Progress in Macroeconomics?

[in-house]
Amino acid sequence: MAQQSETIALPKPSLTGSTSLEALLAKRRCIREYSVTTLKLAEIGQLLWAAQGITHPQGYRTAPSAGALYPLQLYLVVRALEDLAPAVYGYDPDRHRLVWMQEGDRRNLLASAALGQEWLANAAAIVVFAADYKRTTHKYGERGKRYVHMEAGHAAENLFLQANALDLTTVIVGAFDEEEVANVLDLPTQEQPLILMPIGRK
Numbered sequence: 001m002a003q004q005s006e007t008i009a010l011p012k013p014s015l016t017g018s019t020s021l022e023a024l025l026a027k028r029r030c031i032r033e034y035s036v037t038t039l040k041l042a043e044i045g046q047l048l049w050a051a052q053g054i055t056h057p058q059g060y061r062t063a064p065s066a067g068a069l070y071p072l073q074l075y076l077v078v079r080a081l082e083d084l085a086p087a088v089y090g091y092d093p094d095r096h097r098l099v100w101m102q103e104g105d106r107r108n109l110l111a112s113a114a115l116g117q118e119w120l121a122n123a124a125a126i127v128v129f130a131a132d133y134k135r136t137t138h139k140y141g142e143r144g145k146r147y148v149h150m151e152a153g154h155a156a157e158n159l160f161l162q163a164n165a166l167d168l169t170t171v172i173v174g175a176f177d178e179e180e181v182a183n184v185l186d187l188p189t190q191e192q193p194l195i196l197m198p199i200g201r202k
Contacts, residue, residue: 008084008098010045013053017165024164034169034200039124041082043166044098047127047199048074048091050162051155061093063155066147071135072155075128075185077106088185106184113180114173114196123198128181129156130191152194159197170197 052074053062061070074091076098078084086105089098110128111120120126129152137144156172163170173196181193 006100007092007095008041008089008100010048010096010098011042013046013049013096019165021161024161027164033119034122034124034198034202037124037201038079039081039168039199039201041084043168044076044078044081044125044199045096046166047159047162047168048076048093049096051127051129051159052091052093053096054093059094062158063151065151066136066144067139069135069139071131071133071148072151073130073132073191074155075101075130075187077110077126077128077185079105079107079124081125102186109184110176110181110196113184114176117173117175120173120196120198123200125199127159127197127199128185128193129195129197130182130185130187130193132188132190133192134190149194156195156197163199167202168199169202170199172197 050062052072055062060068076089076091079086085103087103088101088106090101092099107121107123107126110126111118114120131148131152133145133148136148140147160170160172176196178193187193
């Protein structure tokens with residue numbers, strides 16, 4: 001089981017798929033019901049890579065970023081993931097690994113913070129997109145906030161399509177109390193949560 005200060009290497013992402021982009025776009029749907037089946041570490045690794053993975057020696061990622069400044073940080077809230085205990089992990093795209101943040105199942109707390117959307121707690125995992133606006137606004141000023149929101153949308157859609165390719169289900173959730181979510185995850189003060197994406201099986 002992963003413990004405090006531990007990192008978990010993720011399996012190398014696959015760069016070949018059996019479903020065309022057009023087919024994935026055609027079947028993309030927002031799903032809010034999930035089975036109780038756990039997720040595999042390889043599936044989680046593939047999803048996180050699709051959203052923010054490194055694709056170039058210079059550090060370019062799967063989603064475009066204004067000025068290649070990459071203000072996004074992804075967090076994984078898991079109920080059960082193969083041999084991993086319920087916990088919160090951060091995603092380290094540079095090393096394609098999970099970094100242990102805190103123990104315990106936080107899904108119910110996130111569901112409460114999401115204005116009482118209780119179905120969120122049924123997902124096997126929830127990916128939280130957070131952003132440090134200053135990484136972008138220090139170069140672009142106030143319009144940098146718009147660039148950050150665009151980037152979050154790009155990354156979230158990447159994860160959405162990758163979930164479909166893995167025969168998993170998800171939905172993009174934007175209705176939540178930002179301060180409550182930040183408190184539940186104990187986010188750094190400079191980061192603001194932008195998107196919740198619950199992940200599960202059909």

A decade ago, Olivier Blanchard, now IMF chief economist, wrote that there had been a lot of progress in macroeconomics since 1920:>[What Do We Know that Fisher and Wicksell Did Not?]( The answer to the question… is: A lot…. Pre 1940. A period of exploration…. From 1949 to 1980. A period of consolidation… an integrated framework was developed–starting with the IS-LM, all the way to dynamic general equilibrium models–and used to clarify the role of shocks and propagation mechanisms…. since 1980. A new period of exploration, focused on the role of imperfections… nominal price setting… incompleteness of markets… asymmetric information… search and bargaining in decentralized markets….>[…]>The right [picture] is one of a steady accumulation of knowledge…. [R]evolutionaries make the news… [their ideas are] discarded… bastardized, then integrated. The insights become part of the core….>[…]>Relative to Wicksell and Fisher, macroeconomics today is solidly grounded in a general equilibrium structure. Modrn models characterize the economy as being in temporary equilibrium, given the implications of the past, and the anticipations of th efuture. They provide an interpretation of shocks working their way through propagation mechanisms…>[…]>One way to end is to ask: Of how much use was macroeconomic research in understanding… the Asian crisis?… Macroeconomists did not predict either the time, place, or scope of the crisis…. [W]hen the crisis started, macroeconomic mistakes… were made. But fairly quickly the nature of the crisis was better understood, and the mistakes correcxted. And most of the tools needed were there…. since then, a large amount of further research has taken place, leading to a better understanding of the role of financial intermediaries in exchange-rate crisis…Even then Paul Krugman snarked:>Paul Krugman recently wondered how many macroeconomists still believe in the IS-LM model. The answer is probably that most do, but many of them probably do not know it well enough to tell..Today things look considerably different on the progress-in-macroeconomics front. John Quiggin:>Refuted/obsolete economic doctrines #7: New Keynesian macroeconomics at John Quiggin: [Here is] a new entry for my list of refuted economic doctrines… the target… has… [been] rendered obsolete by events… New Keynesianism an approach to macroeconomics, to which Akerlof and Shiller have made some of the biggest contributions, but which they have now… repudiated…. [T]he research task was seen as one of identifying minimal deviations from the standard [rational foresight, self-interest, and competiative markets] microeconomic assumptions which yield Keynesian macroeconomic conclusions…. Akerlof’s ‘menu costs’ arguments… are an ideal example of this kind of work. New Keynesian macroeconomics has been tested by the current global financial and macroeconomic crisis and has, broadly speaking, been found wanting. The analysis of those Keynesians who warned of impending crisis combined an ‘old Keynesian’ analysis of mounting economic imbalances with a Minskyan focus on financial instability…. [T]he policy response… has been informed mainly by old-fashioned ‘hydraulic’ Keynesianism… massive economic stimulus… large-scale intervention in the financial system. The opponents of Keynesianism have retreated even further into the past, reviving the anti-Keynesian arguments of the 1930s and arguing at length over policy responses to the Great Depression.>There is of course, still a need to explain why wages do not adjust rapidly to clear labour markets in the face of an external financial shock. But in an environment where the workings of sophisticated financial markets display collective irrationality on a massive scale, there is much less reason to be concerned about the fact that such an explanation must involve deviations from rationality, and seeking to minimise those deviations….>New Keynesianism… was a defensive adjustment to the dominance of free market ideas…. New Keynesians sought a theoretical framework that would justify medium-term macroeconomic management based on manipulation of interest rates by central banks, and a fiscal policy that allowed automatic stabilisers to work, against advocates of fixed monetary rules and annual balanced budgets. But now that both… the efficient markets hypothesis and the policy framework that brought us the Great Moderation have collapsed, there is no need for such a defensive stance…George Akerlof and Robert Shiller agree with Quiggin rather than Blanchard:>Akerlof and Shiller, *Animal Spirits*: The economics of the textbooks seeks to minimise as much as possible departures from pure economic motivation and from rationality…. [E]ach of us has spent a good portion of his life writing in this tradition. The [self-interest and rational foresight-based] economics of Adam Smith is well understood. Explanations in terms of small deviations from Smith’s ideal system are thus clear because they are posed within a framework that is already very well understood. But that does not mean that these small deviations from Smith’s system describe how the economy actually works…. In our view, economic theory should be derived not from the minimal deviations from the system of Adam Smith but rather from the deviations [from competitive markets, self-interested motivation, and rational foresight] that actually do occur…So does Greg Clark: his rant from his seat as chair of the U.C. Davis Economics Department:Dismal scientists: how the crash is reshaping economics – The Atlantic Business Channel: In the long post WWII boom, as free market ideology triumphed, economists have won for themselves a privileged place inside academia…. [C]ash…. Not much by the pornographic standards of finance, but a fat paycheck compared to your average English or Physics professor. It is not just the stars.  Journeyman assistant professors in economics routinely come in at $100,000 or more… fresh from their PhDs, without a publication to their name and without years of low pay as post-docs. The high salaries have been accompanied by dramatic declines in the teaching burden….>Why did academic economics generate so much prestige?… [W]hat drove demand was the unquenchable thirst for economists by banks, government agencies, and business schools – the Feds, the Treasury, the IMF, the World Bank, the ECB.  Economics had powerful insights to offer the world, insights worth a lot of treasure.  Economics was powerful voodoo….>The current recession has revealed… as useless the mathematical contortions of academic economics. There is no totemic power…. (1) Almost no-one predicted the world wide downtown.  Academic economists were confident that episodes like the Great Depression had been confined to the dust bins of history. There was indeed much recent debate about the sources of “The Great Moderation” in modern economies, the declining significance of business cycles…. [M]acroeconomists had turned their considerable talents to a bizarre variety of rococo academic elaborations.  With nothing of importance to explain, why not turn to the mysteries of online dating, for example…. (2) The debate about the bank bailout, and the stimulus package, has all revolved around issues that are entirely at the level of Econ 1.  What is the multiplier from government spending?  Does government spending crowd out private spending?  How quickly can you increase government spending? If you got a A in college in Econ 1 you are an expert in this debate: fully an equal of Summers and Geithner. The bailout debate has also been conducted in terms that would be quite familiar to economists in the 1920s and 1930s.  There has essentially been no advance in our knowledge in 80 years….>Bizarrely, suddenly everyone is interested in economics, but most academic economists are ill-equipped to address these issues. Recently a group of economists affiliated with the Cato Institute ran an ad in the New York Times opposing the Obama’s stimulus plan.  As chair of my department I tried to arrange a public debate between one of the signatories and a proponent of fiscal stimulus — thinking that would be a timely and lively session.  But the signatory, a fully accredited university macroeconomist, declined the opportunity for public defense of his position on the grounds that “all I know on this issue I got from Greg Mankiw’s blog — I really am not equipped to debate this with anyone.” Academic economics will no doubt survive this shock to its prestige…. [But] the days of the $500,000 economics professor may have passed…. [W]ill the focus of academic economics change?… I would rate the chances of Chrysler producing once again a competitive US automobile at least as high as the chances of academic economics learning any lesson from this downturn…Watching the scrum over the past six months, I have to call this one for Krugman, Clark, Akerlof, Shiller, and Quiggin and against Blanchard’s vision of growing knowledge and analytical convergence. Economists have been worrying about the industrial business cycle and the proper role of the government in trying to tame it since 1825. Yet there are an extraordinary number of people out there calling themselves macroeconomists who do not have the slightest clue as to what the issues have been over the past two hundred years.